I had a conversation the other day with three women, all mothers. When I walked into our school’s office, they were bemoaning our community’s shortage of parent volunteers to lead youth activities such as scouts and sports teams. I chimed in with how glad I was that my daughter (now nearly 20) had been more interested in performing arts than in team sports, since I was able to avoid transporting her to daily sports practice, weekends spent at children’s sports competitions, and the endless fundraising. I recalled that during my daughter’s few years on the community swim team, I was the only parent who took advantage of the half-empty pool to get some exercise. The other parents, mostly moms, sat out in the lobby during practice and chatted about the last fundraiser, the next fundraiser, and the schedule of meets. My daughter was a bit overweight at this time (age eight), and her doctor had suggested swimming as a healthy way to get some exercise. We went to swimming practice once a week, and did other activities on other days – music lessons near home, long walks with our dogs, bike rides, and so on. I didn’t want her schedule to be too regimented at such a young age – I mean, childhood is a time for exploration, yes? I just didn’t get the grim, dogged determination that these swim-team parents showed, spending hours in the swimming pool lobby while their kids swam, the spending their weekends driving all over Germany to meets. These were Americans, mind you – military families and the odd teacher family, like ours. I guess we were odd, because we just didn’t see the point of all this competition for such young children. We just wanted our daughter to get some exercise and improve her swimming skills – a good thing to have in case one ever falls into the water. Hey, it happens – and it’s good to be prepared.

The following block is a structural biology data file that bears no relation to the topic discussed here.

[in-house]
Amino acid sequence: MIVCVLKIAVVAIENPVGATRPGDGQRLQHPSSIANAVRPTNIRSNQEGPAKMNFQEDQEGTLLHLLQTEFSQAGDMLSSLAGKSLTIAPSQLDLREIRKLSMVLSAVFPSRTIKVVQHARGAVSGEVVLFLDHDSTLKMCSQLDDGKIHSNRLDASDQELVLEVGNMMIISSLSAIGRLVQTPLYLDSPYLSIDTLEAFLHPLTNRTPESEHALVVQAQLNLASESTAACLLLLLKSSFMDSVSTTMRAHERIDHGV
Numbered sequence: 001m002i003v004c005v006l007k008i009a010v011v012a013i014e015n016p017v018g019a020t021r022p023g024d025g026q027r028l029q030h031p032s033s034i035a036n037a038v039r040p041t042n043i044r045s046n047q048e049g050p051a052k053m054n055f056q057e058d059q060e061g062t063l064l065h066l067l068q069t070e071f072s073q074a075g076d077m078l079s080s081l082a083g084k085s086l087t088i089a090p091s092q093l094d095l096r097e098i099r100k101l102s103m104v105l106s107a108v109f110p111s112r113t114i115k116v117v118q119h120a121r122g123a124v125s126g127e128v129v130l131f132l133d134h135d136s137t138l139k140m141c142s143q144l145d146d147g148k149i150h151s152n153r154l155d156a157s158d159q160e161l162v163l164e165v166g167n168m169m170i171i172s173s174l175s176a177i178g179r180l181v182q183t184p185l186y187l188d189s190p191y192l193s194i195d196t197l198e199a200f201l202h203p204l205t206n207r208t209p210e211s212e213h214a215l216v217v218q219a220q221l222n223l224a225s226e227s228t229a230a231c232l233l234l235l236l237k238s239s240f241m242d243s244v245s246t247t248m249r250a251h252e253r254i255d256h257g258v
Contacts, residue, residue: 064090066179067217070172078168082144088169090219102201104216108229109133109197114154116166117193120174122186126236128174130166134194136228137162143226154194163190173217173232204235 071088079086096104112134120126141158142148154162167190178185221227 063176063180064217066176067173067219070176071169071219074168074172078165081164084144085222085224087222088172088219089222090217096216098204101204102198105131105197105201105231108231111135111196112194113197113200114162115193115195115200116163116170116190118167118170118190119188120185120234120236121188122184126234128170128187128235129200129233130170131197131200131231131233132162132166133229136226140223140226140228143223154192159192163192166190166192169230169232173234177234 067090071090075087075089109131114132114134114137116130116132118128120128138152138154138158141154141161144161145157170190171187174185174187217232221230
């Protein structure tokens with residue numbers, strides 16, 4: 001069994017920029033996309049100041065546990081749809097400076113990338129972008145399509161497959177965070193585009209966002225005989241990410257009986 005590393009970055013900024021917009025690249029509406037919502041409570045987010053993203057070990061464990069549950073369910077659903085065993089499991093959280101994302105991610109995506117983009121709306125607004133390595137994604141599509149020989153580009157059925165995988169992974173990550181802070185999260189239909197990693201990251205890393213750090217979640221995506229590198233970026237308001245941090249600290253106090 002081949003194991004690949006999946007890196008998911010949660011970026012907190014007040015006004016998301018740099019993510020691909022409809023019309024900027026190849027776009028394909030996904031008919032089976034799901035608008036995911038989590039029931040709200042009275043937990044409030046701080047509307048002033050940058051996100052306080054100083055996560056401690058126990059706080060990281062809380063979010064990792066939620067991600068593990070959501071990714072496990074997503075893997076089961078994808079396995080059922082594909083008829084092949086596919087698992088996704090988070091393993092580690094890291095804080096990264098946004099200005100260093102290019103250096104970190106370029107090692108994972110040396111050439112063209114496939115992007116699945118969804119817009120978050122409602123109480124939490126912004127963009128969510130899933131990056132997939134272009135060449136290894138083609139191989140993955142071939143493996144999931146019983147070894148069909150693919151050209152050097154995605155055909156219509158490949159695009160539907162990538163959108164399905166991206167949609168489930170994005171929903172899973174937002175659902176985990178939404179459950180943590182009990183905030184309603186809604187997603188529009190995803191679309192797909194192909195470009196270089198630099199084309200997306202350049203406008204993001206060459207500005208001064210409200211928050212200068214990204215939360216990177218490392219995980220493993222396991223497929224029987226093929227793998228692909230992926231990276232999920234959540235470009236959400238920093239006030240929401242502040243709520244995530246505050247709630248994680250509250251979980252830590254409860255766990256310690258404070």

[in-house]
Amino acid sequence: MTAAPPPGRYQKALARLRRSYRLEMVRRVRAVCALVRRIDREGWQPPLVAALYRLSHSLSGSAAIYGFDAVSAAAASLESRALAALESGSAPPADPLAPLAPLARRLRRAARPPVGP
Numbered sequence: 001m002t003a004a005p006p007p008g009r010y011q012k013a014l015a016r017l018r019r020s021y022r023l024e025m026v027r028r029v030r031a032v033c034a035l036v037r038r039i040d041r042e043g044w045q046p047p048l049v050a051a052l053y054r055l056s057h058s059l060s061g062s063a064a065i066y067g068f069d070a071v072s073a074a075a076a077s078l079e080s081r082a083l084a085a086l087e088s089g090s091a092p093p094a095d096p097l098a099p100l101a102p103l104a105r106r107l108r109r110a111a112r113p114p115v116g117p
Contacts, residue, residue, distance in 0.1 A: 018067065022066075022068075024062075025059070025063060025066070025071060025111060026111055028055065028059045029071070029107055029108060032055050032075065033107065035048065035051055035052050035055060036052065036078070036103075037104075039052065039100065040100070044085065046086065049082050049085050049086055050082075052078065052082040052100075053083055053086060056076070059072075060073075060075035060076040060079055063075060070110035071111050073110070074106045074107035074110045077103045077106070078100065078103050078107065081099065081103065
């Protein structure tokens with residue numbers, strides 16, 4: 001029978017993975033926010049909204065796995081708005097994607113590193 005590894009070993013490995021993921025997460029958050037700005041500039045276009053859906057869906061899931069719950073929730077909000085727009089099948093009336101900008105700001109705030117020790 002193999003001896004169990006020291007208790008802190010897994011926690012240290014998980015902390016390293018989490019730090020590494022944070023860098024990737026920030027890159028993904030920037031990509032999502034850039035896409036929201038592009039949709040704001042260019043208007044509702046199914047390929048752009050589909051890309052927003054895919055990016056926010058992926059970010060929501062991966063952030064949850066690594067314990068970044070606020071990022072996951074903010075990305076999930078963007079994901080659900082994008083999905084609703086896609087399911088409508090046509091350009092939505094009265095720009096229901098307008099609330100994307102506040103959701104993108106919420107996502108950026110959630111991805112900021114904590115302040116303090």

Our years with the swim team were few. Not only were we not interested travelling across Germany and beyond for frequent swim meets throughout our daughter’s second and third-grade school years (a few, OK, but nearly every weekend from September through March?), we even refused to go along with Sundays spent fundraising on the base – offering instead to donate the amount she’d be expected to earn. The team leadership was horrified! Suffering through a Sunday of bagging purchases at the PX was an important character-builder, apparently. Well, we weren’t having it, and our wee daughter wasn’t too broken up about having to leave the team. It seems that some of her teammates had been pretty unkind whenever Coach wasn’t looking.
So, back to today’s discussion in the school office. I was astonished, but not surprised, at the other mothers’ acceptance of the demands on team parents. And I made a bold assertion: while I certainly can see that many valuable life lessons can be learned from team sports, kids can also get those same lessons about teamwork, hard work, quick thinking and perseverance through other activities, such as drama, the activity that I currently “coach.” We discussed what competitive team sports can teach our children: cooperation, team work, how to handle losing, and competition. They all agreed on this last point, that a drive to compete is important in life.
But is it? I left the conversation to get back to work, chuckling to myself at having stirred the pot a bit and having challenged some assumptions – I do enjoy doing that. And I was sincere when I said that kids can learn valuable lessons from team sports – but is a sense of competition really necessary, or even desirable, off the playing field? One of the mothers said, “Well, the drama kids have to compete for parts.” That’s true; there’s usually more than one budding actor who’d like the leading role. But once the roles have been assigned, the kids gel into a supportive, productive team. In fact, team doesn’t adequately express the closeness they develop; family would be a better word.